Miller CP-250TS converted to single-phase - Page 7
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  1. #121
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    Bennettdan,
    Why is cast iron better core material? Never seen any inductor
    with a cast core. Is it sort of a way to mimic laminations?
    Tvan56

  2. #122
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    I think Dan selected CI rod for the same reason I used an old sash weight- it had lots of iron, and was readily available. From an efficiency standard, a laminated core would probably be a little bit better, but finding a core that a guy can D-I-Y it in his own garage kinda precludes finding some silicon-steel laminations to make his own. Snagging an output inductor from a scrapped-out welder is a shoe-in answer for the CP-250TS, but if a guy has one with the inductor in it (and he's me), he'd probably not wanna rip it out, as he'd be using THAT welder, too.

    Now... one thing I HAVE considered... is that there's a fried-out 3-phase 50kva transformer sitting in my driveway, and if I were to put it in the bandsaw, I could cut that bugger into several really nice laminated stacks. Unfortunately, I'd hafta make sure that the laminations were all properly fastened together, but I could probably solve that prior to cutting, by applying a nice bead across carefully suspected spots in the laminations... and when done, there'd probably be enough space for me to wrap about 30 turns of stout copper on that chunk.

    Would'a been cool, though, if that sash weight did the trick completely... there'd be guys just goin' CRAZY, replacing the aging windows in their house for high-efficiency windows... and saving all the old sash weights!

  3. #123
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    That is exactly what I have been thinking. I have a fried spot welding
    xmfr. of around 100kva. May even have big enough copper in it to
    wind an inductor. I do have a friend who make racks for the plating
    industry and he has the flat copper bar and the benders to duplicate
    that CV300 inductor shown earlier. Just need to get busy and do it.

  4. #124
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    1_6_13-002.jpg1_6_13-003.jpg1_6_13-005.jpg1_6_13-007.jpg
    Quote Originally Posted by tjb836 View Post
    Dave,I have been following your threads on 3 phase welders for a while .I even tried it on a Hobart RC300 for a friend. It works as if it were hook to 3 phase. Now I have come across a new challange and need some help.
    The welder in question is a Hobart RC256. The primary has only 2 coils instead of the normal three. If I have done it correctly, the attached photo should show this. My first idea is to connect one leg to 102 and the other to 101 and103. The transformer seems to be 2 separate units. I am open to any ideas you or anyone else may have.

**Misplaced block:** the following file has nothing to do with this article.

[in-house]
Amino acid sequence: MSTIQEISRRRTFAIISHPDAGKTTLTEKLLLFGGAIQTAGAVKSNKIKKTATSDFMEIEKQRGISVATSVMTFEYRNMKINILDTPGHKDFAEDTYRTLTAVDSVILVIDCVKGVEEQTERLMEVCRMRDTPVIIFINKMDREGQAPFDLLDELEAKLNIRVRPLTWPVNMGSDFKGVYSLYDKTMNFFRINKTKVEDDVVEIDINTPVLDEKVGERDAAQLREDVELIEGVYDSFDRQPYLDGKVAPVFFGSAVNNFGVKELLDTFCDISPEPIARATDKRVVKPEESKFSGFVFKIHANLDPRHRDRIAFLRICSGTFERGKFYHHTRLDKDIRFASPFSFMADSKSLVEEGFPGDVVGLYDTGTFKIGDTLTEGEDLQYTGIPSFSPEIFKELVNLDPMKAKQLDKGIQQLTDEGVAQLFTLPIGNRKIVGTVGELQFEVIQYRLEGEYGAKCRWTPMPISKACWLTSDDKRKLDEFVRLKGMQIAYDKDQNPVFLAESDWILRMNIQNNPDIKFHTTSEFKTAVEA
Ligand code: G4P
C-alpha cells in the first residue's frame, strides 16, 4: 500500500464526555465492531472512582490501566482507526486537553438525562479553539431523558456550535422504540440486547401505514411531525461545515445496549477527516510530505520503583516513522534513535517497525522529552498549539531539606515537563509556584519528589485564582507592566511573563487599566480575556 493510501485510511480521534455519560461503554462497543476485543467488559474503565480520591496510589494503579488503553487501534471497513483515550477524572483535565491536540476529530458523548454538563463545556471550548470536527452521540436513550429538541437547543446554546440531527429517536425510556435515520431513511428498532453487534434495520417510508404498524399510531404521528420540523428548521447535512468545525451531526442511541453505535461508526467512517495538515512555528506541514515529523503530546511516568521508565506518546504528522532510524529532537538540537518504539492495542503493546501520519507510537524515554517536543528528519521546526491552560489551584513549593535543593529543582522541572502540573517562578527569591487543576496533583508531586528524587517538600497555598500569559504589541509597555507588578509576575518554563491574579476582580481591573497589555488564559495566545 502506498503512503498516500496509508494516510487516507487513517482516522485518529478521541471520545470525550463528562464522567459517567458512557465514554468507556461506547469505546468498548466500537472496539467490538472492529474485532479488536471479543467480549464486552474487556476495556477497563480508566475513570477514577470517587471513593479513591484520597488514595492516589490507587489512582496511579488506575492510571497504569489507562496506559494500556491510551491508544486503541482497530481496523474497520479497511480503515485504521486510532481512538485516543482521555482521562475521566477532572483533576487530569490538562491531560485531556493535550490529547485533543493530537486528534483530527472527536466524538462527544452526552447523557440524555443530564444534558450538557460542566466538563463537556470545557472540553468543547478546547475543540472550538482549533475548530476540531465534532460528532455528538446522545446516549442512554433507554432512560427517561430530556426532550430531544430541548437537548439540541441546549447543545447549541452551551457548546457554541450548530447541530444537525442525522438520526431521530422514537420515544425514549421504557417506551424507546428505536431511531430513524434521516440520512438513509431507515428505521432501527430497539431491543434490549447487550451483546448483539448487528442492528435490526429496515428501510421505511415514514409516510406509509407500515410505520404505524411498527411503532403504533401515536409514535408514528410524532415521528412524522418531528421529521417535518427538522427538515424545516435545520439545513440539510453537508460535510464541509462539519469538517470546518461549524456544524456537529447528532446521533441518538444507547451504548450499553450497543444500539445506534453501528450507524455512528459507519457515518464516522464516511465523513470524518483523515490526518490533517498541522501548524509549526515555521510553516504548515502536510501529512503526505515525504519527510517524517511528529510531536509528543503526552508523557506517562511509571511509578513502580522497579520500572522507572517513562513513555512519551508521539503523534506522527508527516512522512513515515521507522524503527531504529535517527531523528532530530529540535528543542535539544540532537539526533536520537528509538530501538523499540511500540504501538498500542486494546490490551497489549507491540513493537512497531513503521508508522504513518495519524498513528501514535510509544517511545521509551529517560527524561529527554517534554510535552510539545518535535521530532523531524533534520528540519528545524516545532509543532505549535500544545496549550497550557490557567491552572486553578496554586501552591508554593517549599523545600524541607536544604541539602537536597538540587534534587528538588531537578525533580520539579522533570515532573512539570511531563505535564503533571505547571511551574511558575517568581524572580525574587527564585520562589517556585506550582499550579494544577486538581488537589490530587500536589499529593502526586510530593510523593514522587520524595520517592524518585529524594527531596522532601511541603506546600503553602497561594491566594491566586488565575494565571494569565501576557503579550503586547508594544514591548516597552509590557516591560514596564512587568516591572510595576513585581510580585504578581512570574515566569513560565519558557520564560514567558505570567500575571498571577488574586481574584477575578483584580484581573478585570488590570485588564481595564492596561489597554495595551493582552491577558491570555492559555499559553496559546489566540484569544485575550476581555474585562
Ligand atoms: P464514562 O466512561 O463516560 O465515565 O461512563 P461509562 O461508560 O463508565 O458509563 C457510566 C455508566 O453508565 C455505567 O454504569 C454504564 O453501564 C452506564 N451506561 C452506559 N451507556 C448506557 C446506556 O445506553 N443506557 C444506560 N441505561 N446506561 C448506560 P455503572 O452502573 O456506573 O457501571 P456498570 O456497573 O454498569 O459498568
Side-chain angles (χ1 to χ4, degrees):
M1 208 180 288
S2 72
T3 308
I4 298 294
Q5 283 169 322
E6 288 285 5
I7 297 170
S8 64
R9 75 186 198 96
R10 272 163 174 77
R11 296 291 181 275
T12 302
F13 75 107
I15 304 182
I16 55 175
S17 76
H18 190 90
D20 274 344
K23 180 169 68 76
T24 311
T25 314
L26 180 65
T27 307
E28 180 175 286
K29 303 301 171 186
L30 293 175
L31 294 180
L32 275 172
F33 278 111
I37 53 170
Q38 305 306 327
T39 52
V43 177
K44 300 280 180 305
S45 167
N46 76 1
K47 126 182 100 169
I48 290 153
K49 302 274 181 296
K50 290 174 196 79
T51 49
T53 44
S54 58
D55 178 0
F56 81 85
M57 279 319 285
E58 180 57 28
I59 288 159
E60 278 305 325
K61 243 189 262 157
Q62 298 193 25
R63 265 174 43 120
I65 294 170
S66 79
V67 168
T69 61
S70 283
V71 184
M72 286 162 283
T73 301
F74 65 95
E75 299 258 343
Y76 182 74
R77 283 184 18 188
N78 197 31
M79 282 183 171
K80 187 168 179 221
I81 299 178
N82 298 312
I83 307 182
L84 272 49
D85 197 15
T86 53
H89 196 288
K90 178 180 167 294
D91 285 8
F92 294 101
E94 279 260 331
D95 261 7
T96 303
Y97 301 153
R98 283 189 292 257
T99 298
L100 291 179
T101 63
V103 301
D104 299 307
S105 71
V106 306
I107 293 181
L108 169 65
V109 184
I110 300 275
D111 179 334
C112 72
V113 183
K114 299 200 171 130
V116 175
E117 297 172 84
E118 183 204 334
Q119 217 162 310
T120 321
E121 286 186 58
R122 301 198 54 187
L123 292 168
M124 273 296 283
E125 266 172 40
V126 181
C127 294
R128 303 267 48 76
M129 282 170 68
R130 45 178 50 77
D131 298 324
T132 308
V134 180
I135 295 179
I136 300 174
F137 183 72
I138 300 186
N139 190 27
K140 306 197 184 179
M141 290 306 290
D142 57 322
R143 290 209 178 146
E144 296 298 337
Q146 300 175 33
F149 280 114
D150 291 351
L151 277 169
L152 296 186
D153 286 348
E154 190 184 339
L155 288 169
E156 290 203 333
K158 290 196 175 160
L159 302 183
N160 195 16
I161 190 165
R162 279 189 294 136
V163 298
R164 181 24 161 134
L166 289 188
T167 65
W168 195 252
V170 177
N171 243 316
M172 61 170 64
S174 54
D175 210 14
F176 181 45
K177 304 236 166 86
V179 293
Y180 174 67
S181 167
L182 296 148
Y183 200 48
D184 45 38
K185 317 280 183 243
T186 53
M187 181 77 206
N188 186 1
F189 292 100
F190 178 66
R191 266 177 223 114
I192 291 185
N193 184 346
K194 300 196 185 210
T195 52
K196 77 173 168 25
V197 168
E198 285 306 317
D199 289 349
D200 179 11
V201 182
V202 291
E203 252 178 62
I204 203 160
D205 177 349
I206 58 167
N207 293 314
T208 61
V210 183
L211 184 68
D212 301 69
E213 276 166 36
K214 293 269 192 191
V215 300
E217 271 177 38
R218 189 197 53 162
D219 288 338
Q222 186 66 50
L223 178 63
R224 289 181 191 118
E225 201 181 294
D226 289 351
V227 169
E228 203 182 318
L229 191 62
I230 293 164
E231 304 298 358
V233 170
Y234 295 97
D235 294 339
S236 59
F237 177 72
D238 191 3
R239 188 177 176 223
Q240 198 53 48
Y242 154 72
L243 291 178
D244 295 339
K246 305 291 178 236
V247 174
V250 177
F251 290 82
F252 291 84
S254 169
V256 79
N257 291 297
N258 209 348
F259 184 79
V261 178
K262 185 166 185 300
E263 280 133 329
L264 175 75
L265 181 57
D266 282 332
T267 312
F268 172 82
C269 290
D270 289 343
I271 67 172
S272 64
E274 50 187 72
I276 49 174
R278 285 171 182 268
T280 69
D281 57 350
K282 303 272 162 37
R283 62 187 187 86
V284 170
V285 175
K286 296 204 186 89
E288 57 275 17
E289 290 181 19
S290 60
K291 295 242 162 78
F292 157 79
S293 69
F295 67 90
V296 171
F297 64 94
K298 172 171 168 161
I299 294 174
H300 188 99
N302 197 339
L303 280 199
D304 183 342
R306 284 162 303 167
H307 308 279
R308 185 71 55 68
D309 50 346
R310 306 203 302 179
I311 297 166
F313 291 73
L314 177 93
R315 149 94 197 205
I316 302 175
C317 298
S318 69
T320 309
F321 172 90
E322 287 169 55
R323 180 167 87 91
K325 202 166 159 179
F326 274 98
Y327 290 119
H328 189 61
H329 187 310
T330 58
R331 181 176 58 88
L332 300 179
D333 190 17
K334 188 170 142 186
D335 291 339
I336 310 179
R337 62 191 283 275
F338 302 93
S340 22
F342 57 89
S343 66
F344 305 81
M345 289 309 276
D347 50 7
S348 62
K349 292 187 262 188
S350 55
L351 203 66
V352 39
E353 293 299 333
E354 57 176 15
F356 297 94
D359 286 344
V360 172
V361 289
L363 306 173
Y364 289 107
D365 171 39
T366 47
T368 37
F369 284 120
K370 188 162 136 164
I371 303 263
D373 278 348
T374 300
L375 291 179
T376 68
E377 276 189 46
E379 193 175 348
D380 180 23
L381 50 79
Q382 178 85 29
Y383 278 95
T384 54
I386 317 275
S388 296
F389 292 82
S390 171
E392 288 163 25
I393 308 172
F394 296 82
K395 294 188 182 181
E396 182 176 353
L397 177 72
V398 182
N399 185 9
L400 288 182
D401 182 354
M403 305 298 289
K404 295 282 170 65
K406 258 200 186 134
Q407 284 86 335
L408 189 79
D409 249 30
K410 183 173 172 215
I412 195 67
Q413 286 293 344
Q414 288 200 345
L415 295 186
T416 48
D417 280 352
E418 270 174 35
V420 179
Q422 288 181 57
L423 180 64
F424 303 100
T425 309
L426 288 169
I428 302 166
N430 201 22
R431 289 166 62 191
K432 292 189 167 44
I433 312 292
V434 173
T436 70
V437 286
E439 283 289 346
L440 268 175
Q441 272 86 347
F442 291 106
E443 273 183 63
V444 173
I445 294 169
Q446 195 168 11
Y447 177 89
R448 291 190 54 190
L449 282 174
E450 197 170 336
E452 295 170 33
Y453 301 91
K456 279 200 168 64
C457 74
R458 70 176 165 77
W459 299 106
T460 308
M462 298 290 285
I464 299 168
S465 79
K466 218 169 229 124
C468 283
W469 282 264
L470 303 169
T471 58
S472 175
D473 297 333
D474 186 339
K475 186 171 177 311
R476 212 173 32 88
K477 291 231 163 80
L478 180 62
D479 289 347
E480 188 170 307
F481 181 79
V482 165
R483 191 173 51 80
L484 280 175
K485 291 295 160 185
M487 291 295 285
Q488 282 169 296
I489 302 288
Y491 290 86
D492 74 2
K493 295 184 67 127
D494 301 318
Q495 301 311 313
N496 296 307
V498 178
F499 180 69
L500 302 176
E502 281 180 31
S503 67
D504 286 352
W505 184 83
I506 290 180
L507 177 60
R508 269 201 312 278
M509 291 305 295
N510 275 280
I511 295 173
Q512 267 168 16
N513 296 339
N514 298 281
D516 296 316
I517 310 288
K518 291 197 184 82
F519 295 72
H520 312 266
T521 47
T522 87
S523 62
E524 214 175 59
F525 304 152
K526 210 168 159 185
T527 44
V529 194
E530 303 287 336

PS: the stats
    input
    voltage 208/230/460
    output
    24v 200 amps
    is this the machine you converted if so i would like to talk to you

    archie =) =) =)

  5. #125
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    Quote Originally Posted by DaveKamp View Post
    By the way... on mine... ANY of mine... I didn't hear any buzz... all I heard was the cooling fans roaring. In the 250TS, I'm considering putting some ballast resistance, or perhaps a triac-based dimmer in series, to try and slow the fan down a bit... it's a beast, and I"m sure I'll never work this thing hard enough to need that much airflow... dialing it back just 10% SHOULD cut the noise in half, or more.
    dave I had a linde welder that I thought about streightening the fan blades some for the same reason.
    archie =) =) =)

  6. #126
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    I know this thread is a few years old since any updates, but how has the quest for solving the inductor come for those who have done the conversion?

    I have a converted CP250ts, and it definitely wants to run in the higher ranges. I was hoping to salvage an output inductor out of an old non functioning (mechanically) miller two fifty twin (250A machine), but it's spent too much time in poor conditions to be useful.

    I have tried a coil of aprox. 50' of 1/0 welding lead around a 2" steel bar with moderate improvement, but it gets quite warm, and I'd prefer not to have to lug this around in addition to the machine.

    I'm considering selling the machine, back in its original 3 phase configuration to recoup my $ and working on my CP300 instead, if there isn't an economical way of getting this to settle down in the short circuit mode.